This is a tough one. The undoubted, sure fire winner of the commercial race is Nimble! It’s driven by an inspirational founder, Jon Ferrara – with the conventional CRM customer base waiting with open arms for a Social CRM solution. It will work for SMEs (Small & Medium Enterprises) at all levels from management to sales staff to customers.

However, my interest is in Personal Networks. As regular readers will know, my favourite quote is from Mick Cope, who wrote the FT book, “Personal Networking”:-

“By professional networking I mean a set of close contacts or associates who will help deliver my value to market. The key thing is that these are people who will ‘help’ you in the market, THEY ARE NOT THE MARKET. Sorry for the full-on letters, but my definition of a network is ‘people who will help amplify my personal capital in the market’, not a bunch of friends and colleagues to whom I try to sell under the guise of giving them a great opportunity. Active management of these people is not networking; it is client relationship management, a whole different ball game…”

This is the third time I’ve quoted this in my blog – it sums up the idea of a Personal Network for me. Mick will be charging me royalties soon….

During the interview with Sachin Rekhi, the founder of Connected, we discussed who was his customer. He said: “We looked at delivering this products to companies – chasing the VP of Sales. However, we decided that Connected is a more personal product – and we’re committed to take the harder track of acquiring customers one at a time.”

So, for someone with the long-term/life-long strategic goal of cultivating and developing their Personal Network – I think Sachin has set the best strategy. Unfortunately, this does not make it a sure fire commercial winner like Nimble! Getting people to stand back, take stock, work out where they are going – and recognising that their Personal Network is the key to long-term development will be a challenge.

While writing this series of posts, trying out the software and interviewing the founders, I’ve started to get a much better feel for the support needed for a Personal Network to function. The “Who do I know? What to I know about them?” is a fundamental building block in this.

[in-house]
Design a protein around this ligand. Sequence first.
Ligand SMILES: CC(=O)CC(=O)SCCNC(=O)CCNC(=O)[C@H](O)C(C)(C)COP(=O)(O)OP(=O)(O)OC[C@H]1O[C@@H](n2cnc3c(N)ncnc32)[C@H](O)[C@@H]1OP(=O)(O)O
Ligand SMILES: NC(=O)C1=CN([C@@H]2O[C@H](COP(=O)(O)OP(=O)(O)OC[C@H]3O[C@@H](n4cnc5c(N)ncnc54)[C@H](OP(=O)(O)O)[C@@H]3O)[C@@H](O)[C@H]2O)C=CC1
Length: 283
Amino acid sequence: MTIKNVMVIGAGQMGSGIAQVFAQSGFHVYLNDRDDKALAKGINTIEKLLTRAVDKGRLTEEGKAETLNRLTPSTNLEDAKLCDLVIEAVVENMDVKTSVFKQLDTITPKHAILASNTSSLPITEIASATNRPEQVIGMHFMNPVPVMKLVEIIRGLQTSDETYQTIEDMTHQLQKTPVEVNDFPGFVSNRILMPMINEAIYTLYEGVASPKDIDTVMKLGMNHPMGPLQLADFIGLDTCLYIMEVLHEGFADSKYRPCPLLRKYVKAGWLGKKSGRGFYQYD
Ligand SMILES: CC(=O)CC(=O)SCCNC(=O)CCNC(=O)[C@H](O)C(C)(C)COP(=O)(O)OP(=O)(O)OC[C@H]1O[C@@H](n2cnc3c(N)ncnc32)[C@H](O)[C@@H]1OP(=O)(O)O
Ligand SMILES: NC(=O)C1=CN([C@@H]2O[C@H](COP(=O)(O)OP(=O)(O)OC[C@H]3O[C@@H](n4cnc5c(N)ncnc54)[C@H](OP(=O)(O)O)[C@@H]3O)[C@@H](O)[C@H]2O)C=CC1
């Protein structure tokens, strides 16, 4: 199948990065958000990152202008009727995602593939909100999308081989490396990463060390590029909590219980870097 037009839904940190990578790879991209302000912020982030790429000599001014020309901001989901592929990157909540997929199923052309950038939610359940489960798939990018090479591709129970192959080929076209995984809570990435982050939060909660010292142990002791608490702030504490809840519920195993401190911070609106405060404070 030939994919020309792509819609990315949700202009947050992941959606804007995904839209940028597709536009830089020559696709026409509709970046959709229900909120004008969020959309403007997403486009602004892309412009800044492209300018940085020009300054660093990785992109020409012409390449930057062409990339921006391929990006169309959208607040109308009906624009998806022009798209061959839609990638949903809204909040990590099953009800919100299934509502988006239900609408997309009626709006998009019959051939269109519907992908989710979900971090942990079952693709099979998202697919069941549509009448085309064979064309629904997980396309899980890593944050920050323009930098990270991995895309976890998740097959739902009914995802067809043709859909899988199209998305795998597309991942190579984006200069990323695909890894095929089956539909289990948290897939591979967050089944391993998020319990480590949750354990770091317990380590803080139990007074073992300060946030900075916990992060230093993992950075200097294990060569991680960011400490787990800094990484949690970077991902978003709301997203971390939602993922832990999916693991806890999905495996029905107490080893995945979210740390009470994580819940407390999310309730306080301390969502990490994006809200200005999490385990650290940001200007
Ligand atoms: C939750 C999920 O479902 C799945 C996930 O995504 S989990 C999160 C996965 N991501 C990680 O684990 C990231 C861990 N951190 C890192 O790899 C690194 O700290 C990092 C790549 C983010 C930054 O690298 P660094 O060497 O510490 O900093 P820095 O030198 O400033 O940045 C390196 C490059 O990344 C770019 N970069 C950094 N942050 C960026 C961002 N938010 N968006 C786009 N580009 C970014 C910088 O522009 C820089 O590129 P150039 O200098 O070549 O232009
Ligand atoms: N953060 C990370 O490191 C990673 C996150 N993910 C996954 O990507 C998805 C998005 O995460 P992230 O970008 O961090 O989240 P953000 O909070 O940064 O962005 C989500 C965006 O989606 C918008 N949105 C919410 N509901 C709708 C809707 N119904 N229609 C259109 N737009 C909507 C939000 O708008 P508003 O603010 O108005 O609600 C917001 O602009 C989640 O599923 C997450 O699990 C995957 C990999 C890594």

I’ve also taken a look back my blog post “Personal Networks, Soloware and ‘The Individual is the new Group'”. In summary, that post makes the argument that the power of the individual through “Soloware” is much greater than that of the Enterprise through “Groupware”.

From all this deliberation, I am starting to understand that the Linchpin society put forward by Seth Godin in his book (indispensable, unique people are the future) – means that enterprise driven CRM systems are not the solutions required for the social media connected 21st century.

I always believe that when I am getting to grips with a complex issue, if I can visualise it (or in my case create a block diagram) that I am getting near a solution. Here’s my first iteration:-

Here the individual has their Personal Network, gathered from the “cloud” – which we see in solutions like Connected and Nimble. However, the significant difference that I envisage is that the enterprises we engage with as “Linchpins” to deliver projects will need to give access to their corporate information in the same cloud based way.

This will demand a whole new level of trust between individuals and enterprise – and a shift of power. In our new world – The Personal Network is king!

Thank you to Nip, Sachin and Jon – I’ve really enjoyed connecting with you … and wish you and your ventures every success.

What impression am I making? Who do I know? What do I know about them? … and many more questions – PART 3

February 7, 2011 Leave a comment

I’ve enjoyed writing this series of posts. It’s been a privilege to “be in the room” with some inspirational startup founders/entrepreneurs.

Let’s get the hard bit out of the way first. Despite my promise at the end of Part 2, this post – reporting back on Nimble and interviewing their founder Jon Ferrara – will not include my summary. I’ll do that tomorrow… Think of it as a 3 part post and summary… I know, I know, how can you ever trust me again! Sorry.

Jon, as I mentioned in the post last week, was the founder of Goldmine – a ground breaking CRM (Customer Relationship Management) tool